On Tuesday New York State Senate Bill S1787 proposing to get rid of the Specialized High School Admission Test (SHSAT) didn't make it past the State Senate Education Committee. This means the test only admissions policy that's been in place for over 40 years remains isn't going anywhere. For now.
Sighs of relief have been heard all around New York City, not just because this time honored tradition wasn't haphazardly thrown out the window but, as there were no other well-thought-out, comprehensive admissions methods on the table, certain disaster has been waylaid.
This was not a permanent reprieve though. The Hecht-Calandra Act, passed in 1971, which protects the admissions system of the specialized high schools, is still under attack. While it seems unlikely that the State Assembly will take this up right now, given the bill's failure to make it through the Senate, politicians and advocates are still saying the issue isn't over, which means more time, energy, effort and tax payer dollars will be spent discussing the merits or lack thereof of the SHSAT. Senator Adriano Espaillat (D-Manhattan) who proposed this latest version of the bill mentioned he was planning to amend it to find "a solution going forward." At this point though, as more and more are coming to acknowledge the SHSAT isn't the reason there is a lack of diversity in these schools, one would hope that the conversation will move on to the actual problems at hand and how to resolve them.
This past winter Humans of New York (HONY), Brandon Stanton's renowned photography series of New Yorkers shined a light on Mott Hall Bridges Academy, a middle school in an underprivileged Brooklyn neighborhood, with a series of photographs. It was a remarkable inside look at how some individuals battle their lack of resources and support. As the story went viral, over 1.4 million dollars was raised to fund annual trips for their students and scholarships to college. A trip to the White House for the stars of the story and an inaugural visit to Harvard, plus donations of computer equipment to the school ensued. What an amazing opportunity for this school and these kids. But thousands upon thousands more children throughout the city don't have chances like this. And without support and intervention early on, it is highly unlikely that most of those kids will be able to excel at the most challenging schools in the city.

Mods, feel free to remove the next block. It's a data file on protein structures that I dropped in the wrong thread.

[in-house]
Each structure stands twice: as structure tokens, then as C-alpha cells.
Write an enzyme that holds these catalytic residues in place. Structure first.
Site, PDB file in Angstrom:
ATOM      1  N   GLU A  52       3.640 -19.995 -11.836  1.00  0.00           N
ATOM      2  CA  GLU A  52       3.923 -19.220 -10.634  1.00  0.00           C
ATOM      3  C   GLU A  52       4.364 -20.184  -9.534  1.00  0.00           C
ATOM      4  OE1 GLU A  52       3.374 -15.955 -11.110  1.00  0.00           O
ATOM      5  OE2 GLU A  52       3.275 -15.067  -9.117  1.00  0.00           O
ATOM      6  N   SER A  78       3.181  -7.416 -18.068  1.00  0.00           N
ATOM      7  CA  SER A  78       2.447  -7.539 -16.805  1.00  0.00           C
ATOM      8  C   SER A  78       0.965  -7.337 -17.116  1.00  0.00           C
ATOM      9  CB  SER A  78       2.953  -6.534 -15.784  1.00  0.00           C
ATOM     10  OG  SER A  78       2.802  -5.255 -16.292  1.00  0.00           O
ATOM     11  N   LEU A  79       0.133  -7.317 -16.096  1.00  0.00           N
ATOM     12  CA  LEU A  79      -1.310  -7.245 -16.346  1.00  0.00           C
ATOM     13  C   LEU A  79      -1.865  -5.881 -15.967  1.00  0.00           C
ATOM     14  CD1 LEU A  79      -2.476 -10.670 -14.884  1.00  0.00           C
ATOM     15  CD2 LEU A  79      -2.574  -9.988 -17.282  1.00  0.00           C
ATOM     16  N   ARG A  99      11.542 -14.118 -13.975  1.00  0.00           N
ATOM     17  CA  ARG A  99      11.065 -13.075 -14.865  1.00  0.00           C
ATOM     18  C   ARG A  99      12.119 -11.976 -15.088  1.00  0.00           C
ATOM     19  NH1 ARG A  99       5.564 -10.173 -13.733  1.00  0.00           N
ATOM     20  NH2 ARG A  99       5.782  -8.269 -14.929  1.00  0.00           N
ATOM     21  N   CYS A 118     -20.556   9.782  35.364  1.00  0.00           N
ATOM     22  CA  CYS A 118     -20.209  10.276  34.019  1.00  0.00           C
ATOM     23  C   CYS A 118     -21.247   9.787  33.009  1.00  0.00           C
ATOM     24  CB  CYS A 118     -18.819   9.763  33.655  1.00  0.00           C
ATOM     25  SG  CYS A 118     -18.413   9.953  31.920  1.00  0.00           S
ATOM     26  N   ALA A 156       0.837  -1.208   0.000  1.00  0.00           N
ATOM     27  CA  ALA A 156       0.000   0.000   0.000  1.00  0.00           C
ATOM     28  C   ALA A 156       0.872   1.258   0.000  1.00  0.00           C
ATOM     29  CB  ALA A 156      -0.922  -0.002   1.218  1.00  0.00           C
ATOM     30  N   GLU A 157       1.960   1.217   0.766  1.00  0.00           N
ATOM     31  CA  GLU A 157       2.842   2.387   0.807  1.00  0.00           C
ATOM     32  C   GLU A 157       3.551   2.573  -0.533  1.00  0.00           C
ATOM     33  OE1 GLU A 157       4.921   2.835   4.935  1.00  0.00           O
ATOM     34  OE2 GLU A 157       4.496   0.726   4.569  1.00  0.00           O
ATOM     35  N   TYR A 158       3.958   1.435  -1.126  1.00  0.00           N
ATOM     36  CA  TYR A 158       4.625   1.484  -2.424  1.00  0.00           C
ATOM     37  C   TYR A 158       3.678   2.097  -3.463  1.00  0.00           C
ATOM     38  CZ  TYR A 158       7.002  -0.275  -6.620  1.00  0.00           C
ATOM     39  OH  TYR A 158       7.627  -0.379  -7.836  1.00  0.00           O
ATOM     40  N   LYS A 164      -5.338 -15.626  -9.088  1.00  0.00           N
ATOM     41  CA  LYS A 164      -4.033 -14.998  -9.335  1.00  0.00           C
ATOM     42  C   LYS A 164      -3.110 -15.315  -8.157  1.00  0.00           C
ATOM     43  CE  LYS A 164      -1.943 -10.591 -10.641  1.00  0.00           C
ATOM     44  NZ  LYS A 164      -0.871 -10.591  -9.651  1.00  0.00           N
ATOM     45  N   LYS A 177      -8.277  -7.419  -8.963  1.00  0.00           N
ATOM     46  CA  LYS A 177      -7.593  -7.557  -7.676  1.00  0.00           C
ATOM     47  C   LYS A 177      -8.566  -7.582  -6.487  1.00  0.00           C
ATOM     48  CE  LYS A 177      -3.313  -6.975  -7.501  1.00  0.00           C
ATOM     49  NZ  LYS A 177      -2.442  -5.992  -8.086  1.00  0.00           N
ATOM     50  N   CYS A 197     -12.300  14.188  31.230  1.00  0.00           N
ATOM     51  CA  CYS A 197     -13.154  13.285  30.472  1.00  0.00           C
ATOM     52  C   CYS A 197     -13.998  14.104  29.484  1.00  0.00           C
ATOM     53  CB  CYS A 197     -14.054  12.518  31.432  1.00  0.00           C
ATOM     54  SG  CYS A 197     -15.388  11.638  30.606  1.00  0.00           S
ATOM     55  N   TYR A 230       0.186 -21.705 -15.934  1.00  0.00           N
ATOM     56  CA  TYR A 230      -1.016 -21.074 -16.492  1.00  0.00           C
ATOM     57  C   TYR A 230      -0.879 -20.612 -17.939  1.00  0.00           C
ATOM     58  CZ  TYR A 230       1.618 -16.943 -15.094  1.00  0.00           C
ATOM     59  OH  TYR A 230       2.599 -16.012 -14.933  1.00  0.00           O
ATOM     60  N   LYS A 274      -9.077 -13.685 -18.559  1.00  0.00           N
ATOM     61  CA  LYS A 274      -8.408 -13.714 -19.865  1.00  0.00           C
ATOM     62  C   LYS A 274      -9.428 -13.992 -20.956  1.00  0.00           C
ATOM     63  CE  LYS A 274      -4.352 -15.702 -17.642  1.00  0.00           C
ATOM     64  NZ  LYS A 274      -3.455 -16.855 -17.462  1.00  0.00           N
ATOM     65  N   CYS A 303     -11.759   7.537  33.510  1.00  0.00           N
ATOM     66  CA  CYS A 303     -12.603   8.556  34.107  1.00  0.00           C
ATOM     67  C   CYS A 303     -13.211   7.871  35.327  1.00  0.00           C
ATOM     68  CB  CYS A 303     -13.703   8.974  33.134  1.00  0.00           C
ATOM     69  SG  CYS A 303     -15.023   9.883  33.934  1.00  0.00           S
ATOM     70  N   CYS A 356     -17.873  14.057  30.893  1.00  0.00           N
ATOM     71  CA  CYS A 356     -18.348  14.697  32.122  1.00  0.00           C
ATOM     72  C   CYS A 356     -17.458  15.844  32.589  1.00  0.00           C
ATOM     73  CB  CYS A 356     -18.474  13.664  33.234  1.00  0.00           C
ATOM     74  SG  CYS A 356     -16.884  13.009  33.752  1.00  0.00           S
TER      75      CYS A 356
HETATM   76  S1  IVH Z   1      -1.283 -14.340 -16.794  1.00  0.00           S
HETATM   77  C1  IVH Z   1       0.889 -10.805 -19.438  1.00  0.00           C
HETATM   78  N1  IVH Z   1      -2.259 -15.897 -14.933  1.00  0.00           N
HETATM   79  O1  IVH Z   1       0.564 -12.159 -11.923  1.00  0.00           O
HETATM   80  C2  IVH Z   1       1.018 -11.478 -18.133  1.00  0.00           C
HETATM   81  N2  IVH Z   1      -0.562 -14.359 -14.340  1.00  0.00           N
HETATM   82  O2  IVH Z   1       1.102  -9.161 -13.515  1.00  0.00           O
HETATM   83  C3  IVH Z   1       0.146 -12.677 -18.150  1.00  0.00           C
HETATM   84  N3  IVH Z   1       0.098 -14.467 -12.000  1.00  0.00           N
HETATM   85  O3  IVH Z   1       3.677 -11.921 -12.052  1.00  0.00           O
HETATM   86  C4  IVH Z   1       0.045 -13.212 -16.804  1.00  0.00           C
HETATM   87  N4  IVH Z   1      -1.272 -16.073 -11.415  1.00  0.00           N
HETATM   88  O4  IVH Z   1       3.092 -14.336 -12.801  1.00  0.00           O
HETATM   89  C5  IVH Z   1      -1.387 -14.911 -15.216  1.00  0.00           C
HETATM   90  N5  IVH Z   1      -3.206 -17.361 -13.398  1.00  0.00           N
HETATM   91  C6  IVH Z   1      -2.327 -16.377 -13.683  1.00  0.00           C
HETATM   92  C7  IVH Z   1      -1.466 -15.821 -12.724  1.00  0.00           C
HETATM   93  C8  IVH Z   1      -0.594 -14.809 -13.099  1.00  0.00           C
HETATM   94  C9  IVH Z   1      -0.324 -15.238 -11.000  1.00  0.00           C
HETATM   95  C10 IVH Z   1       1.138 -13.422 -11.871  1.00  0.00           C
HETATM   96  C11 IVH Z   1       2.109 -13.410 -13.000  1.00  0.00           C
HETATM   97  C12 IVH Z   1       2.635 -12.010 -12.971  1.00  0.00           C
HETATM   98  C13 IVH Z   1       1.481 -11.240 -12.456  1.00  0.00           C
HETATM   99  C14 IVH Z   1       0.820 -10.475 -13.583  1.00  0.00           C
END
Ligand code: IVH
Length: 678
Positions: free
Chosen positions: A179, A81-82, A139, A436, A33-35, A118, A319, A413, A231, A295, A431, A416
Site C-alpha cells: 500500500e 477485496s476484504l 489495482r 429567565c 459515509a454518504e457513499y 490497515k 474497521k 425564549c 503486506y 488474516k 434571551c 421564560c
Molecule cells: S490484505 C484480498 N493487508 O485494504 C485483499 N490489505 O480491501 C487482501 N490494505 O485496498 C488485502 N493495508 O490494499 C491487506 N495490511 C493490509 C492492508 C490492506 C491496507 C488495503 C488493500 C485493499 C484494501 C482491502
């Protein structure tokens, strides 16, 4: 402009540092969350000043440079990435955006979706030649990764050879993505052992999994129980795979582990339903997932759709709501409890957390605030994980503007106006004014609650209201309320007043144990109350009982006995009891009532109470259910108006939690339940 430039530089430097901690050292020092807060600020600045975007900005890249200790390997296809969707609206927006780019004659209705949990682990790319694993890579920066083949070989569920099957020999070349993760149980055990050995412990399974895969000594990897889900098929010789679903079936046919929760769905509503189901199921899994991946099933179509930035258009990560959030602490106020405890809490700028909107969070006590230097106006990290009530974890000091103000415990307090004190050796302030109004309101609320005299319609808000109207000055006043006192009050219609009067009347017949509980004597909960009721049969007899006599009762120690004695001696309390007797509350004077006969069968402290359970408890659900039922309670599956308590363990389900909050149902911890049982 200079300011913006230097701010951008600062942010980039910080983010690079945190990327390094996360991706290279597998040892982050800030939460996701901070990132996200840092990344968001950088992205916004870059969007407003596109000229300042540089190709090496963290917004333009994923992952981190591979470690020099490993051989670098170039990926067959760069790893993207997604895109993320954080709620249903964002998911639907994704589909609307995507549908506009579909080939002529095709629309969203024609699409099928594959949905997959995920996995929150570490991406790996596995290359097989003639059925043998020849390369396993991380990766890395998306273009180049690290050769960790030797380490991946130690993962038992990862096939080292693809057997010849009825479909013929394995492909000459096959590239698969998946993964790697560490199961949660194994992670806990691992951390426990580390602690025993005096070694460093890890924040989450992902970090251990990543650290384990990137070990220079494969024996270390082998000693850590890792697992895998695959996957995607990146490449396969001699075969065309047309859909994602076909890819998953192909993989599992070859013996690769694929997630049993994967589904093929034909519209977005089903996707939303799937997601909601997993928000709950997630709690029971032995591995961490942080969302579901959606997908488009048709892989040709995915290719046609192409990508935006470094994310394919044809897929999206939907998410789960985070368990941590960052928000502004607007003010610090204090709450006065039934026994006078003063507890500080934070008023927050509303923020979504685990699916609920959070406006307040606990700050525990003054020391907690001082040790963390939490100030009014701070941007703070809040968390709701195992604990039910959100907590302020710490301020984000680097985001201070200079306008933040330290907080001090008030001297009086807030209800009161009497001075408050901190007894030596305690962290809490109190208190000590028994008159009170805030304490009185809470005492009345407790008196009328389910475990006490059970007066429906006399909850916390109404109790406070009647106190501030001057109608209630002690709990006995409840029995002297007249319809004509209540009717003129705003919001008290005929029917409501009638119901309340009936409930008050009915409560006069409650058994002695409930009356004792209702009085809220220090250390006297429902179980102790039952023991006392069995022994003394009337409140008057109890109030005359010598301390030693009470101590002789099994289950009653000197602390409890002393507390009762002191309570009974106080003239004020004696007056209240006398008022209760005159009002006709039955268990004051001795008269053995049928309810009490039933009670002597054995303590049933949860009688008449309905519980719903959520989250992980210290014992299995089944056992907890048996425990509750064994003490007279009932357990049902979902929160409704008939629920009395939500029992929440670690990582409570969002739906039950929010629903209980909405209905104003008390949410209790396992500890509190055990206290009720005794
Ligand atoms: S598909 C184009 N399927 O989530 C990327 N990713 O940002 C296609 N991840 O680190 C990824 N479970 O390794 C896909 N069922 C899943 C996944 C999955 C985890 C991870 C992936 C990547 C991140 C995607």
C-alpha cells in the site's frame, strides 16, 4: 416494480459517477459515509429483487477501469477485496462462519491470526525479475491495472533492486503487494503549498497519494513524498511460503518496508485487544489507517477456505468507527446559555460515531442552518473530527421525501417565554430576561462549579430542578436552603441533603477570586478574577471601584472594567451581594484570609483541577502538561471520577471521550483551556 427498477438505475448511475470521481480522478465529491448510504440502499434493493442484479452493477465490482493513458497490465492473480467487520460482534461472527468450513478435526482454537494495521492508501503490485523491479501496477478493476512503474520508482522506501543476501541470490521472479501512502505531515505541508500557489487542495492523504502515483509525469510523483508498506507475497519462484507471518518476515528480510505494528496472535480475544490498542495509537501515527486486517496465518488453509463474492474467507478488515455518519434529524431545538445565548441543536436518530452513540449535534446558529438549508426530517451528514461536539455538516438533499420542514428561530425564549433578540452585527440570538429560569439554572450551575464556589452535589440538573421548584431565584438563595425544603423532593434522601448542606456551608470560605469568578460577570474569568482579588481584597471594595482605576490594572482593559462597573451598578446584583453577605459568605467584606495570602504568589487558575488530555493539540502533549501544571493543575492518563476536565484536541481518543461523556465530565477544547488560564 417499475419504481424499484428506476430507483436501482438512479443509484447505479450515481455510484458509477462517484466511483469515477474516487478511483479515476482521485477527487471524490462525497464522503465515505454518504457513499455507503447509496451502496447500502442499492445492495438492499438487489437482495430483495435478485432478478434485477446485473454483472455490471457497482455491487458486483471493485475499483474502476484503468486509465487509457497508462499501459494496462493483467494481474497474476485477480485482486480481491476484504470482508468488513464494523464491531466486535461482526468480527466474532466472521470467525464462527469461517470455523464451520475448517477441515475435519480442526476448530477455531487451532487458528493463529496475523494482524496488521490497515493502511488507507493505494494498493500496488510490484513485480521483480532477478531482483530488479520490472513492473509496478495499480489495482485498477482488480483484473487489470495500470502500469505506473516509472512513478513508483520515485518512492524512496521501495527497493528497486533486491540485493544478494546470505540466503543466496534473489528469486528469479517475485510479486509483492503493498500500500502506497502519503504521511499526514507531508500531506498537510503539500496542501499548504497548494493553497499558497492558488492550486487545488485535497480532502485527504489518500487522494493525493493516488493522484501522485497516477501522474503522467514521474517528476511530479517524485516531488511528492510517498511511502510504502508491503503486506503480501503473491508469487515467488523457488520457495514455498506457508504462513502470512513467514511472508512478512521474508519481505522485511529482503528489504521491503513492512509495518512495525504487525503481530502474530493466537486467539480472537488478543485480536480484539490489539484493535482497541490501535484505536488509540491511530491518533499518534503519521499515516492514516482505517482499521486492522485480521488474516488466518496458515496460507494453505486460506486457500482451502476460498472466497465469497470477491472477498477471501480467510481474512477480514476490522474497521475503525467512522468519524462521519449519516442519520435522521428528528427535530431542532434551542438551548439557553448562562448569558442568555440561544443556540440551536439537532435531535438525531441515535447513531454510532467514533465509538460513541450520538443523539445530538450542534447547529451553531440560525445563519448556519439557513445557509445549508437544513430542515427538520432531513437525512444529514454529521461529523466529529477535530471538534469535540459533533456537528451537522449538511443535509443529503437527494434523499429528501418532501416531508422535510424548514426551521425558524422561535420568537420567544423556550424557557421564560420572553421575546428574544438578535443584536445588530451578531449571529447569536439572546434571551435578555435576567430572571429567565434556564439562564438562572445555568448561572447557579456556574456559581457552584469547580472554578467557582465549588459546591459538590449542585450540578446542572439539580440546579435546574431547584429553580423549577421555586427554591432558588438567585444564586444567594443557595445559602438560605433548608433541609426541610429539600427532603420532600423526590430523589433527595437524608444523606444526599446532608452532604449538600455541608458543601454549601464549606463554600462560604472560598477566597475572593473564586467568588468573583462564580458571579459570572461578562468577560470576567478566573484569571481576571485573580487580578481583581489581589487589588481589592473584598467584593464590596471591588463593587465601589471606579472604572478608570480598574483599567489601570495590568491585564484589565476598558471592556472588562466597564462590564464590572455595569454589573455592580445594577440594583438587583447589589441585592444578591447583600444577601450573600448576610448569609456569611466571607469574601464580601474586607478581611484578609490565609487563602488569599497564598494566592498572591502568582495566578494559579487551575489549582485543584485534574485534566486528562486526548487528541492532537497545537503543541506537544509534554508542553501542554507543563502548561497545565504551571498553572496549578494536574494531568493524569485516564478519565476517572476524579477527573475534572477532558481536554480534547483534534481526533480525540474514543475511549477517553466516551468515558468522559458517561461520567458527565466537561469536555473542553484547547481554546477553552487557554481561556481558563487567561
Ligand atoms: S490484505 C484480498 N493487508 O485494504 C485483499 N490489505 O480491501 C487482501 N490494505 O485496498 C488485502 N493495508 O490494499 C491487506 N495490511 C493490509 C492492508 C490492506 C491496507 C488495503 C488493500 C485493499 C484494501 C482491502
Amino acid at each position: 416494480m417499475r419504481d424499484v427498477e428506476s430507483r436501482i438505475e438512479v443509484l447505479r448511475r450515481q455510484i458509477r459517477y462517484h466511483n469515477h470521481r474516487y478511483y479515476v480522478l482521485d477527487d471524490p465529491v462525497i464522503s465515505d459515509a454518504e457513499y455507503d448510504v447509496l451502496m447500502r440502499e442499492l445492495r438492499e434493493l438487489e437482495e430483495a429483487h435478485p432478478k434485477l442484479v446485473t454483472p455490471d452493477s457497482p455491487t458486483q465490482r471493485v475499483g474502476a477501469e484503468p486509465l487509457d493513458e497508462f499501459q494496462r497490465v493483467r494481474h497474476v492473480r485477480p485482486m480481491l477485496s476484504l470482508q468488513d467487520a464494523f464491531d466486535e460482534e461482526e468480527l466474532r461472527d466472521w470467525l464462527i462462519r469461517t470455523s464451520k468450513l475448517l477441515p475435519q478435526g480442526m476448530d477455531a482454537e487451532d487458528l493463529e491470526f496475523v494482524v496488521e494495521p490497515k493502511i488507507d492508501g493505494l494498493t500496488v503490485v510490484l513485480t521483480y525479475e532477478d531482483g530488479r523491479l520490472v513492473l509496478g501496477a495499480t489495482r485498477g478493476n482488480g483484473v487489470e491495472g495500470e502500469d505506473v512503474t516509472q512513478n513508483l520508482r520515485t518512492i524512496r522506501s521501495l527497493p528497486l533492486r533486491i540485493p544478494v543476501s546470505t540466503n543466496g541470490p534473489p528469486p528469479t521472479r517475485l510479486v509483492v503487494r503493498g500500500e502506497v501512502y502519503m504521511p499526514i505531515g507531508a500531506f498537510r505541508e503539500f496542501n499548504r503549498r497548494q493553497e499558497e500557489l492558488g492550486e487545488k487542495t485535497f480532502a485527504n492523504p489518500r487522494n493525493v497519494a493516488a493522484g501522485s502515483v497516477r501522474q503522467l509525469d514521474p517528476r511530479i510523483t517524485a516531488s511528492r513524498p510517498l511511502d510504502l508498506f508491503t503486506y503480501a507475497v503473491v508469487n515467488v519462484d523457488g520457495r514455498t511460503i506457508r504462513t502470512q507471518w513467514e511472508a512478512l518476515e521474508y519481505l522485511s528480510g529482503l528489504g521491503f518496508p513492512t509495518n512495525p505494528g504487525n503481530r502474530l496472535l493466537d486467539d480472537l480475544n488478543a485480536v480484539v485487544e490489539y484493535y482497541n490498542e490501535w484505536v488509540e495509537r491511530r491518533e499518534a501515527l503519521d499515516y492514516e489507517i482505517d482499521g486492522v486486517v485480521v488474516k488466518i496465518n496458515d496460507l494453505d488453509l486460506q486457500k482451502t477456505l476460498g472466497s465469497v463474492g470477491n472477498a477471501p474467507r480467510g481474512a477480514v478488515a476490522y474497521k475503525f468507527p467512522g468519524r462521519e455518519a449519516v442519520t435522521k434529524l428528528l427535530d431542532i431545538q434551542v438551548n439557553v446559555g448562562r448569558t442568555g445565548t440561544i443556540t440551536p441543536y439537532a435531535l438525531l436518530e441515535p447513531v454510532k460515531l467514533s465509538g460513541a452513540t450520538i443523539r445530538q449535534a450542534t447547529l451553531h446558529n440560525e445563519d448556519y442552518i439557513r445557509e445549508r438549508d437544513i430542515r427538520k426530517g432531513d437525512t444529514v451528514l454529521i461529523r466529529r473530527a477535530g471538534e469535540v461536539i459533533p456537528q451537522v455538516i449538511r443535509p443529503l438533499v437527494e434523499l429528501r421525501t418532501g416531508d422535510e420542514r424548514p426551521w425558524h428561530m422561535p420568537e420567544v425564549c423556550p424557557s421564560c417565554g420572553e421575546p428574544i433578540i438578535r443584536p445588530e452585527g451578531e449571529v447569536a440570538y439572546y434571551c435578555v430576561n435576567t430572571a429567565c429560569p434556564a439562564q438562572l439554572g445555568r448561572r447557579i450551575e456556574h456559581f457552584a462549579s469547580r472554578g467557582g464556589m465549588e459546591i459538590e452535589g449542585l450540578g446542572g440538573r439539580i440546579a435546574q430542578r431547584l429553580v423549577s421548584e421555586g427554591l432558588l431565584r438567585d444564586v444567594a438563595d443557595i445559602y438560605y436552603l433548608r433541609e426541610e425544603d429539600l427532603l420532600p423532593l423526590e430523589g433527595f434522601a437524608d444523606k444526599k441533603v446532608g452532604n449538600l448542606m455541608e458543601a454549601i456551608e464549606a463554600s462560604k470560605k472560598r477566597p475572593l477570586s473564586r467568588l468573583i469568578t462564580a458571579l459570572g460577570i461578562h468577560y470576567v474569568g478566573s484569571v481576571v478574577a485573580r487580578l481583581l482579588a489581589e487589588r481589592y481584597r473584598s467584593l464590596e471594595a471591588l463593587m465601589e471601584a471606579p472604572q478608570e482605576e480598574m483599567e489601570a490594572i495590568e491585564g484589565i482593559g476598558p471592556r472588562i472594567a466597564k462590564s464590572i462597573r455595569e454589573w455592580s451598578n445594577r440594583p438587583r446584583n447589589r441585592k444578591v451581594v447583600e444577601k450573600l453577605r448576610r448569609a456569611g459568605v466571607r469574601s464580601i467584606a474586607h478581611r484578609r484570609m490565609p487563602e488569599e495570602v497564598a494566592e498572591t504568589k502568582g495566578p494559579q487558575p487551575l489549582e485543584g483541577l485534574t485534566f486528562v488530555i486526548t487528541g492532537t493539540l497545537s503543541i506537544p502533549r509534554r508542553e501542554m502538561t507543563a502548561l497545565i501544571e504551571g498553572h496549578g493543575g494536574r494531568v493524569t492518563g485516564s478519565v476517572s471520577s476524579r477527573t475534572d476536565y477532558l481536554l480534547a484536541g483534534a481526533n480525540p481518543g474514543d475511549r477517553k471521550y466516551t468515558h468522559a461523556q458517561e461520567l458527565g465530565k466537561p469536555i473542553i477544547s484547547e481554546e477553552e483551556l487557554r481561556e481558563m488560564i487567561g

The real issue, as this debate continues, is not what percentage of each race or gender attends specialized high schools. It's not what the admissions criteria is - a recent study showed multiple criteria would not increase the number of black and Hispanic students. And it's not really about diversity either. While all of the above are valid concerns that need addressing, the true problem is inequality in early and middle school education.
Bottom line: not all schools are equal. Not all neighborhoods have the same resources. Not all families are actively involved in their children's educations. Not every parent body is engaged in their schools. Not every district has functioning PA/PTAs to fundraise and supplement. Not all children have the same opportunities to learn, to be challenged, to have involved communities working together to improve schools and support them. Not all kids have access to books, to art classes, to instruments, to computers, to sports equipment. And so, not all kids are educated with equality. While it's wonderful that Mott Hall Bridges Academy got an amazing opportunity, all NYC kids deserve the same.
It's time to take steer the conversation away from the SHSAT, from specialized high schools, from admissions criteria, even from diversity and focus on how to standardize education for all students in all schools - setting children up from the beginning of their academics journeys and supporting them along the way so that every child in NYC has the opportunity to succeed and hopefully excel.
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